My current sermon series, entitled, Your Life Released, from John 9-12, includes a focus upon John 9 and the blind man to whom Jesus gives sight. This reminded me, of course, of a posting I did earlier this year on John 9, which I’d like to repost here:
In the eyes of the disciples the man was a mere pebble in the pathway. Sitting in the dust with outstretched palm and blank stare, the blind man of John 9 was an untouchable. But not to Jesus. Even a cursory examination of John 9 demonstrates that Jesus saw the man differently. While Jesus’ followers concluded sin was the cause of the man’s dilemma, Jesus was beginning to gather spittle in His mouth for a most inglorious but effective medicine. “Neither this man nor his parents sinned,” Jesus offered. “But this happened so that the work of God might be displayed in His life.”
With that, Jesus spit on the dusty city street and began with calloused fingers to make a mudpack that He applied to the man’s eyes. One wonders what the blind man must have thought as this kind stranger hunkered so closely to the blind man’s weathered face. Had anyone ever been that close before? Could the man feel Jesus’ breath and smell Jesus garments?
Upon applying the muddy salve Jesus ordered the man to head south toward the fabled Pool of Siloam. What an adventure that must have been—a blind man with mud caked on his eyes ambling by himself through the crowded and narrow streets of Jerusalem. This is one of Scripture’s greatest treks of faith. And one can only imagine the first thing the man saw upon rinsing his eyes in that cool spring water—his own reflection.Uhmmm!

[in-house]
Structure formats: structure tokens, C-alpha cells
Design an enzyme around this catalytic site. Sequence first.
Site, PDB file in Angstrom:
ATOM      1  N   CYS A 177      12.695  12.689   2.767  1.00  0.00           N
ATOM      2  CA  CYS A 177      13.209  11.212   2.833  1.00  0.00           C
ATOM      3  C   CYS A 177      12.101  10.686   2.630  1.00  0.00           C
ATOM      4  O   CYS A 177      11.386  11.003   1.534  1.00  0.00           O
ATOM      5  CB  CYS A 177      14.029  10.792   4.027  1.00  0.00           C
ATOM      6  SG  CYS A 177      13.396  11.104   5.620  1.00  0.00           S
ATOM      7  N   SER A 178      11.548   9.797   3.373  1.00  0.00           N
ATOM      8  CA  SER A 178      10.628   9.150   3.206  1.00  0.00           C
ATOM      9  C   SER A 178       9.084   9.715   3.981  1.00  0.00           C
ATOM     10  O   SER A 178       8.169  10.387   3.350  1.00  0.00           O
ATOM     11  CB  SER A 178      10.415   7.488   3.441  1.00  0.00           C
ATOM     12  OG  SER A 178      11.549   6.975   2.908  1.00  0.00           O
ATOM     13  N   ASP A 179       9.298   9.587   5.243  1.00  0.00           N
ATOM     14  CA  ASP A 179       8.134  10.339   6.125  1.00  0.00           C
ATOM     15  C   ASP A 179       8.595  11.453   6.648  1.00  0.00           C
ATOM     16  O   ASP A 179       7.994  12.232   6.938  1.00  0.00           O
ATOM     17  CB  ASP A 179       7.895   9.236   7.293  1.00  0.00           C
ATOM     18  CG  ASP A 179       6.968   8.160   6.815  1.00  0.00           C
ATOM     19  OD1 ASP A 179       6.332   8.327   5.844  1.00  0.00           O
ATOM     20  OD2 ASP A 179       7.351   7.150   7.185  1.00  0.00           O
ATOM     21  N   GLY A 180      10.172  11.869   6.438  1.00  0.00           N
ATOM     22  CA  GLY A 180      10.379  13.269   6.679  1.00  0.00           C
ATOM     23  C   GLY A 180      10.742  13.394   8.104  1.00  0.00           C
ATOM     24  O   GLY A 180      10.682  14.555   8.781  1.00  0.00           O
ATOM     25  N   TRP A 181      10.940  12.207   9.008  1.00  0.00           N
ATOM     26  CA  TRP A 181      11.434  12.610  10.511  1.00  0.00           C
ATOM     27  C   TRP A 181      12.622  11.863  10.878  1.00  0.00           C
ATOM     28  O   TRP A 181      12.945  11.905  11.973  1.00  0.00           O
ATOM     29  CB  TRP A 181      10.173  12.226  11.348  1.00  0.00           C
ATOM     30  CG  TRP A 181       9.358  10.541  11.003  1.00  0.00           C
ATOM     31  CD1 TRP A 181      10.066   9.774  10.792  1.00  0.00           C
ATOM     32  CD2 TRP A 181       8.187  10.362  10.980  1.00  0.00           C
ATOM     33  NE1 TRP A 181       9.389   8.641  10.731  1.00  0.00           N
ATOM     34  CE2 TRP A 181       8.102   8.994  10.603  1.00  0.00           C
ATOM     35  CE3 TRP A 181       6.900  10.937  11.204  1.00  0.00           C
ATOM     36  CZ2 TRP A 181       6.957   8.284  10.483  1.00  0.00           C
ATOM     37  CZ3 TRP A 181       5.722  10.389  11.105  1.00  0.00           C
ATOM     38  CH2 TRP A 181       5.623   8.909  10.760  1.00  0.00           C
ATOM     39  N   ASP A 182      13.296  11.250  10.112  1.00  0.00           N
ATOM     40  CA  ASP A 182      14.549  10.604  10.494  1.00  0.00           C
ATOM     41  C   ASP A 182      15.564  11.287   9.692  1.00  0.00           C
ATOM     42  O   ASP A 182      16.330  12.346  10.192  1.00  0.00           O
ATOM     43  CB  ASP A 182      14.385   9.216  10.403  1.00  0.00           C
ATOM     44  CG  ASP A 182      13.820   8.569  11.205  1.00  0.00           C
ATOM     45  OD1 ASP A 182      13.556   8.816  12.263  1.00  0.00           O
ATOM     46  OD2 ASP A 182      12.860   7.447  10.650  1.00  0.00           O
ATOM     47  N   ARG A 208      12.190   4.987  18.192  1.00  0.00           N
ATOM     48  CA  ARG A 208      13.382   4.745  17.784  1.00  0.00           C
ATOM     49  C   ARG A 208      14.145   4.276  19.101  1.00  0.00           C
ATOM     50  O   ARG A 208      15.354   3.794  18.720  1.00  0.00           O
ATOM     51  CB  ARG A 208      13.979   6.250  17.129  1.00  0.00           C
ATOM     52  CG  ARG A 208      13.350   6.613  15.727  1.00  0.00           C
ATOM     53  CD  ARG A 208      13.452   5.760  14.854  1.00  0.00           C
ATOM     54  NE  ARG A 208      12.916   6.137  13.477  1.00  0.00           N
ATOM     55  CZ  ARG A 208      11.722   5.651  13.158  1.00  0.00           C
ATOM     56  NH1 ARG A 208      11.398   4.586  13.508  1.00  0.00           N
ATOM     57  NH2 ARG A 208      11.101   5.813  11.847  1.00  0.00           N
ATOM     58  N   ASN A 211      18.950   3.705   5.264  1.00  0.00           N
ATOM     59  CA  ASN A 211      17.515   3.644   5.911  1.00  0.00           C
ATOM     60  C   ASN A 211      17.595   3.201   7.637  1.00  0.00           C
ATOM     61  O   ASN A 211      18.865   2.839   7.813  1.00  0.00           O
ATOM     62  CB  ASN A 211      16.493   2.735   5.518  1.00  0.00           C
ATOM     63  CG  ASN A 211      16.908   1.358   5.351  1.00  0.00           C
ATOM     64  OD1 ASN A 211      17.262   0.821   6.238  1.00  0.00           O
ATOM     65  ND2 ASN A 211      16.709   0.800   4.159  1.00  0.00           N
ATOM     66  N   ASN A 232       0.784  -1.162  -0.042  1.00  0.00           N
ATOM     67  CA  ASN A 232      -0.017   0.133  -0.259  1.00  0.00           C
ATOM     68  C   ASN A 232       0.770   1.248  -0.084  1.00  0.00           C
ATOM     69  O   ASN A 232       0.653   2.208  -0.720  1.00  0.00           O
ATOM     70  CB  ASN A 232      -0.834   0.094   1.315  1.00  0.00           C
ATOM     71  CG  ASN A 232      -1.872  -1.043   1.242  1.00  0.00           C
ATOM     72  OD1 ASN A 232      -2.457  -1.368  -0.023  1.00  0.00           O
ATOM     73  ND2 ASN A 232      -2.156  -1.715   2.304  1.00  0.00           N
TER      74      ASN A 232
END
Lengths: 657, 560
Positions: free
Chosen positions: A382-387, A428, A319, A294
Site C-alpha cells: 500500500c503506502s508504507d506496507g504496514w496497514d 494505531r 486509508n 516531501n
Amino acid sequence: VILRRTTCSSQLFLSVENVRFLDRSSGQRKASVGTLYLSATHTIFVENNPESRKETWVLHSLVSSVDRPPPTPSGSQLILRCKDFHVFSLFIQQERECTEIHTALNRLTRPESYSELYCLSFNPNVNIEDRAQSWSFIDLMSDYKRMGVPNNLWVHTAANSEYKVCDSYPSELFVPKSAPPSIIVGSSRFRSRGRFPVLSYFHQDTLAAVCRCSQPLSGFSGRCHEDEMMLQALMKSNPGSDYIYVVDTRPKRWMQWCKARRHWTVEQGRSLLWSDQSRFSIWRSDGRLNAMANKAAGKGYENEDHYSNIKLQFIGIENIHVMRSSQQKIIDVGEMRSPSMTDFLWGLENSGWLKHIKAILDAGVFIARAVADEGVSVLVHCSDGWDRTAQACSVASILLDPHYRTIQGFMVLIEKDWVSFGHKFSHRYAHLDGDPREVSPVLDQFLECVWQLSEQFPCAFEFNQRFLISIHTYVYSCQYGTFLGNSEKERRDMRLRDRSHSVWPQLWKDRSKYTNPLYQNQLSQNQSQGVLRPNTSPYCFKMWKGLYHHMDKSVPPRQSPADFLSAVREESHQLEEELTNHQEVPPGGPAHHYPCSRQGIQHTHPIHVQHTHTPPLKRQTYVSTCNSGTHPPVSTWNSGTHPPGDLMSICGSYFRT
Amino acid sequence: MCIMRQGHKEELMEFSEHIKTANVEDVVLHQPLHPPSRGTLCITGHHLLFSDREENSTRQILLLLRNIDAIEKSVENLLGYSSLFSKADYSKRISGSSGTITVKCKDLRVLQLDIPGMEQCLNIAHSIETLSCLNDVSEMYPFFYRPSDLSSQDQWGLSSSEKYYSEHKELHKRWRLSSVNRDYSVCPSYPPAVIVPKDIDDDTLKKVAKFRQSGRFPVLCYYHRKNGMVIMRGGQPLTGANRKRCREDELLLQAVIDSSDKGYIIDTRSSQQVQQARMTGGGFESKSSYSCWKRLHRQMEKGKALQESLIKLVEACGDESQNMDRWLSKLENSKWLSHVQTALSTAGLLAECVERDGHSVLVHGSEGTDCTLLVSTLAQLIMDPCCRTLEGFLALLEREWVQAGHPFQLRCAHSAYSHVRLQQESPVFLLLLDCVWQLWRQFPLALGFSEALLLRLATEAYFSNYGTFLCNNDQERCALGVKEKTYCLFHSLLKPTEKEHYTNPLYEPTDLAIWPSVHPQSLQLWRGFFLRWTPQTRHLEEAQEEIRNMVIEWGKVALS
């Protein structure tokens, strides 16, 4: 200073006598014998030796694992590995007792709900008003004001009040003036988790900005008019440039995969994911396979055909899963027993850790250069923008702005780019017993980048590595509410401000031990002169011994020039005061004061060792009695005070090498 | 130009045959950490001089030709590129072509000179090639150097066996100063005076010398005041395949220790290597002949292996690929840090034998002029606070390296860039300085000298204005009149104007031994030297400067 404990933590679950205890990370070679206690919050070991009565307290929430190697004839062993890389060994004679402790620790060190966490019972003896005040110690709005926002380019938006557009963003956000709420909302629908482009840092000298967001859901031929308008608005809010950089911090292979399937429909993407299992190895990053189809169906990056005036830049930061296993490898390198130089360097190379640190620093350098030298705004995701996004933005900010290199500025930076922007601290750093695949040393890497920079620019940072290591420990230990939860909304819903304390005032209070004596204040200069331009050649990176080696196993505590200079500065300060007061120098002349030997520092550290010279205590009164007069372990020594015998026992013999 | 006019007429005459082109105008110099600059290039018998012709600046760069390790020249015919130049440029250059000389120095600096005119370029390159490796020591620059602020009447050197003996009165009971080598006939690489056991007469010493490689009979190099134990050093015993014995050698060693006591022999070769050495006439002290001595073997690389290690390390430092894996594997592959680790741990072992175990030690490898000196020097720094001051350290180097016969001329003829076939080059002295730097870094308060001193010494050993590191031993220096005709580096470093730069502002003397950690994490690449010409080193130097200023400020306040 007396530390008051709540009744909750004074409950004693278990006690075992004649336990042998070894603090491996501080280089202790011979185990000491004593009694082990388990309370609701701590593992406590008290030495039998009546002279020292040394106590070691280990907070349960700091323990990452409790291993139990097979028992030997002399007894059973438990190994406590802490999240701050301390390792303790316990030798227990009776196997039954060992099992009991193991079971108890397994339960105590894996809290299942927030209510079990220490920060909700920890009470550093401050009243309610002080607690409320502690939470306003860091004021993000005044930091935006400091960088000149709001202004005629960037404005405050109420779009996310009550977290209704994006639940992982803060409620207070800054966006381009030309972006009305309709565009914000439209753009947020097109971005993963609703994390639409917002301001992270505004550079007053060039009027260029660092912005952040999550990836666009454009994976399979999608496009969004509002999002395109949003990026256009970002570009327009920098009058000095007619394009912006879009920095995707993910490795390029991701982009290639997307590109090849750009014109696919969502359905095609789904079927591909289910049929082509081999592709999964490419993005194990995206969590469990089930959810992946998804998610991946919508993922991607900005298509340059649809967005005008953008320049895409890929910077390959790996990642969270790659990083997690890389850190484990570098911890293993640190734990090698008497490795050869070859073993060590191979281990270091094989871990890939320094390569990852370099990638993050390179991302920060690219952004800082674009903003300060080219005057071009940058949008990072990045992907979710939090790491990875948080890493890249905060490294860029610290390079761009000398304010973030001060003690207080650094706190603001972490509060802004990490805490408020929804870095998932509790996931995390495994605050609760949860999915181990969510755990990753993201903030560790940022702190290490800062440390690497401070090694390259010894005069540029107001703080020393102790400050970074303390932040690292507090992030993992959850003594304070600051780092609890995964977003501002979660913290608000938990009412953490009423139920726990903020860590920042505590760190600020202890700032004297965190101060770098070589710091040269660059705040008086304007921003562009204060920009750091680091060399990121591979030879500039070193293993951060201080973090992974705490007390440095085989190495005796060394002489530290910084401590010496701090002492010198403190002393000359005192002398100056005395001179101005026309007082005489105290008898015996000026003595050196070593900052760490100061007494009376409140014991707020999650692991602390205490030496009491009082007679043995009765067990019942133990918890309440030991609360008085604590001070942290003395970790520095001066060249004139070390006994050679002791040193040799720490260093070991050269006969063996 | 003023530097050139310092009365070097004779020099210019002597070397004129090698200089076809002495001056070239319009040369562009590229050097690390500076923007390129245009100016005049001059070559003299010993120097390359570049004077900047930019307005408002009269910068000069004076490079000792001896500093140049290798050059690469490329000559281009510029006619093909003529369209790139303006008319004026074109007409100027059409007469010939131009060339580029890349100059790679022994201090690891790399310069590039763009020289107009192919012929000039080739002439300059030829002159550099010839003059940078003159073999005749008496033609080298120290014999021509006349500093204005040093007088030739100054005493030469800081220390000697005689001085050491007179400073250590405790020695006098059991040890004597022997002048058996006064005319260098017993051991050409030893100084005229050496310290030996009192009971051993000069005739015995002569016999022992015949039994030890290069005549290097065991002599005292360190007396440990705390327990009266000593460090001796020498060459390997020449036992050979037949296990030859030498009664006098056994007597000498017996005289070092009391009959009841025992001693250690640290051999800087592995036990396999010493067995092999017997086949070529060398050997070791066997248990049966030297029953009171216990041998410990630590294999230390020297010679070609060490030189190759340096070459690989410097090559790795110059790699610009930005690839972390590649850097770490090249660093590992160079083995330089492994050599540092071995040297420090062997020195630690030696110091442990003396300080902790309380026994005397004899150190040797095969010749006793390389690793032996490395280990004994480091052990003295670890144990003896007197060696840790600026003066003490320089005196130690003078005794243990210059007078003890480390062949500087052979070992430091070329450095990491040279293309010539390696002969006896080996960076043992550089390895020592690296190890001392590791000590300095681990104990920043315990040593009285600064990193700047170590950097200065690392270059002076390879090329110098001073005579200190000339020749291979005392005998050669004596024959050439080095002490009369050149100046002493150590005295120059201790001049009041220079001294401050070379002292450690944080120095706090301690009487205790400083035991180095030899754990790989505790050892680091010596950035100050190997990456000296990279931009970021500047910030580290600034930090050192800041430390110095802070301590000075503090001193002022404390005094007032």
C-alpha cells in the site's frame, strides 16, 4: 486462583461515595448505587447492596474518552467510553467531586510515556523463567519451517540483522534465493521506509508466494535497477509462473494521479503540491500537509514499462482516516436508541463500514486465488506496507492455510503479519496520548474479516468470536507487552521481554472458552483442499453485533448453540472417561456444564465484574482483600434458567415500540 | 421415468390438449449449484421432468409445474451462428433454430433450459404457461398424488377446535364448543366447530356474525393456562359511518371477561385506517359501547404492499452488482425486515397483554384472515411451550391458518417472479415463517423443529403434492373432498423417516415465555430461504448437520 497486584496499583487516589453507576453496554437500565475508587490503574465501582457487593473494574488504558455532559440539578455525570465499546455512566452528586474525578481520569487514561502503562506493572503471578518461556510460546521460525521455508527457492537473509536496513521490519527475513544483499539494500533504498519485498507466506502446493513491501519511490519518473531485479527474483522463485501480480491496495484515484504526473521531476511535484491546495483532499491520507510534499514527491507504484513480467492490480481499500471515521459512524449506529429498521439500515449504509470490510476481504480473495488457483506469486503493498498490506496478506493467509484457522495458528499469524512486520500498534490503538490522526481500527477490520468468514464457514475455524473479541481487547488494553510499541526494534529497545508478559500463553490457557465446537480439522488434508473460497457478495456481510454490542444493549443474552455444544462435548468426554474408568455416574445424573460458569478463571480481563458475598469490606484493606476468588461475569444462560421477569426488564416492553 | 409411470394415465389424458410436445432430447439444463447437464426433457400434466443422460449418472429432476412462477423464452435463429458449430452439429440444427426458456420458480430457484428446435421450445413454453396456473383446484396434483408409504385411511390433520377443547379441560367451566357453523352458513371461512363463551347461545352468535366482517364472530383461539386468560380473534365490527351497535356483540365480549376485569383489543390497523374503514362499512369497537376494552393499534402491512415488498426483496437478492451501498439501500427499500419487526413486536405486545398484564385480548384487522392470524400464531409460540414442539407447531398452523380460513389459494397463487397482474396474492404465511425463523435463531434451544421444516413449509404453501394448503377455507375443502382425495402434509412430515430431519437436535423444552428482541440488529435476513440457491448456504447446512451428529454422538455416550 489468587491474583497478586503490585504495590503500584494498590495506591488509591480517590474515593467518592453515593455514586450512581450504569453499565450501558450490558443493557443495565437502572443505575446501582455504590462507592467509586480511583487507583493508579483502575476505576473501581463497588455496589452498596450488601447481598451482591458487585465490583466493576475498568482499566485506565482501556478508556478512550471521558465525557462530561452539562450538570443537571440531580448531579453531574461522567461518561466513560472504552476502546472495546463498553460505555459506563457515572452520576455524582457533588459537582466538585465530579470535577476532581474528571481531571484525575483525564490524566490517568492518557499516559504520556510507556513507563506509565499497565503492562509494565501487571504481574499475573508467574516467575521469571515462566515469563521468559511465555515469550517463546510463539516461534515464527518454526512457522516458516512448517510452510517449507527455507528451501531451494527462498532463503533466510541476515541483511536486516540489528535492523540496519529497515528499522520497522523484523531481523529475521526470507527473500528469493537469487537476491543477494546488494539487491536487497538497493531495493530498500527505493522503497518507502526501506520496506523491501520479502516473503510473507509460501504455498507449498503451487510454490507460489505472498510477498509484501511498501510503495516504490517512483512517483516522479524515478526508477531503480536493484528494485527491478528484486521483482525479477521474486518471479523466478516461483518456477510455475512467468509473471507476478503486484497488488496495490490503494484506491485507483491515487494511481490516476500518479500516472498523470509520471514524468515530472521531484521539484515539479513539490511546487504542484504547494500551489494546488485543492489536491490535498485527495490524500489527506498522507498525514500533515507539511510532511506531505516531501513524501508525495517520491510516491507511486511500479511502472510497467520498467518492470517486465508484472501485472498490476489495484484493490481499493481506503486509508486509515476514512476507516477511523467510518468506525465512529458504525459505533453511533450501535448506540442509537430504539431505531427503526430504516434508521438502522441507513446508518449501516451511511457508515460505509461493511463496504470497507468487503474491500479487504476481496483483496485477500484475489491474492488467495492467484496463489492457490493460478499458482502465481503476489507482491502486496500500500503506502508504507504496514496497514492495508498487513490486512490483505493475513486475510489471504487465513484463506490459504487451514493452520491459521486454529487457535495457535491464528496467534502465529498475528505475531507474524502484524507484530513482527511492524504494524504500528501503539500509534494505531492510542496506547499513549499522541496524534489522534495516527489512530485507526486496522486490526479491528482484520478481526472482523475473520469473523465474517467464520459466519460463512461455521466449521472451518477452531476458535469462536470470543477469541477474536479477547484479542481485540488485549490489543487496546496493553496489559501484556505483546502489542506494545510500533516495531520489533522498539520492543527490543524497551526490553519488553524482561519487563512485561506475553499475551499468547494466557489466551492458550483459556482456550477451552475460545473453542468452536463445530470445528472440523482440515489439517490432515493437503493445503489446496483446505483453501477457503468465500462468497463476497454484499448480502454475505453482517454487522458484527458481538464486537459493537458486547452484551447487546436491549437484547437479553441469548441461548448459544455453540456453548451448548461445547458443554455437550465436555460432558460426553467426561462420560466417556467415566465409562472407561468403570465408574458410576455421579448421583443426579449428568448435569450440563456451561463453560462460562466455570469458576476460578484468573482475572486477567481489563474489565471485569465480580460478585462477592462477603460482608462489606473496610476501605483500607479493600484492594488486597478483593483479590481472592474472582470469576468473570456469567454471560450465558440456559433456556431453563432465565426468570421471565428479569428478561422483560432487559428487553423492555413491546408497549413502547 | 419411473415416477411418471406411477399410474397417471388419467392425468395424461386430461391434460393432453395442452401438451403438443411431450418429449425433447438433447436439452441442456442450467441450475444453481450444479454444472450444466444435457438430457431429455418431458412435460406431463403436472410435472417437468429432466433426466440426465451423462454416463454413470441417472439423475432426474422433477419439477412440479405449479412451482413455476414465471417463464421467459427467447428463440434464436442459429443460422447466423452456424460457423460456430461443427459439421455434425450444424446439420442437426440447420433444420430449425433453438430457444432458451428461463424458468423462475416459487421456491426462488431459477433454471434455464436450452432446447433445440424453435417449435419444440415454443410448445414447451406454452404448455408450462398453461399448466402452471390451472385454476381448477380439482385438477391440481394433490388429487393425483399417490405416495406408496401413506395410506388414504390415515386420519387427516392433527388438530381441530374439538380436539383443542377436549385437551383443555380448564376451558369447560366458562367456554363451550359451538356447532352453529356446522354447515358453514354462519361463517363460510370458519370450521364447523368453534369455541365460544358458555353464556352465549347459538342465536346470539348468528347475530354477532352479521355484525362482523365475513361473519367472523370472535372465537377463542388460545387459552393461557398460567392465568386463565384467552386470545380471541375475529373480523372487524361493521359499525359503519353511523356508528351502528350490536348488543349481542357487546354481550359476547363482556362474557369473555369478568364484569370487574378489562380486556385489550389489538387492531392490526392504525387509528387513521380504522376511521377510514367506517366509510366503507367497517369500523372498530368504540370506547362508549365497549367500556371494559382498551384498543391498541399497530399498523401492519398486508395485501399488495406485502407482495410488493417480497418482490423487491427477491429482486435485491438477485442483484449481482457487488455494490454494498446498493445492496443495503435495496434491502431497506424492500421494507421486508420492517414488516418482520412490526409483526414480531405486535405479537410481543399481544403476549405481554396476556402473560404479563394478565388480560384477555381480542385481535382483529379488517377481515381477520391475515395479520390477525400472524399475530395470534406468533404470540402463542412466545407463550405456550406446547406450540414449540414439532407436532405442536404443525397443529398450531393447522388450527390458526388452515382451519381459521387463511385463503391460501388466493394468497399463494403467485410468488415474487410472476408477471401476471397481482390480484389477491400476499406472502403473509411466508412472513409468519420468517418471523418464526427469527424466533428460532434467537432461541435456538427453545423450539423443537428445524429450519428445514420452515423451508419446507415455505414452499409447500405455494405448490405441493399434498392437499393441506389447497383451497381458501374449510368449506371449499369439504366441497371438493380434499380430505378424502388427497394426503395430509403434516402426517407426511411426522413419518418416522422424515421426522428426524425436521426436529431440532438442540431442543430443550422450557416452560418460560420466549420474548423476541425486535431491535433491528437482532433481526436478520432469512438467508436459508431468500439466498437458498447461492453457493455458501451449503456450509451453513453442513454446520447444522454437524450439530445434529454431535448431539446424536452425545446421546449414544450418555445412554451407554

Surveying the man’s journey brings to mind four truths about suffering that are worthy of your interest. First, God always sees you in your suffering. The blind man was not a mere pebble in the pathway to be kicked around by hapless passers-by. He was a precious child in the eyes of the Savior, catching His attention and care when no one else would notice. Secondly, God’s silence does not mean God is gone. The blind man’s journey toward the Pool of Siloam was one of faith. He had to trust that Jesus had a plan worth following. Jesus did not verbally lead the man to the place, but that did not imply that Jesus did not care or had forgotten. Indeed, the results at the pool demonstrate the God was at work the whole time. God’s silence does not mean He is gone—it may simply mean that He is quietly and intently watching as His children apply faith in their circumstances.
Thirdly, you may never know suffering’s cause. The disciples believed that the man or his family must have sinned. This could have been the case, but it did not have to be. The response of Jesus is important. He did not offer any reason other than that God’s power might be displayed. “Is that it?” we are prone to ask. The cause is somewhat inconsequential. It is the care in the midst of the suffering that is worthy of notice. Which leads to the fourth truth: You know the Savior more readily in the midst of suffering. Why? Because “you participate in the sufferings of Christ” (1Pe 4:13), and in so doing see His character and power more clearly. He is with you—always! And because this is so you can stand firm and endure and finish well.
After all, to Jesus, you are no pebble in the pathway.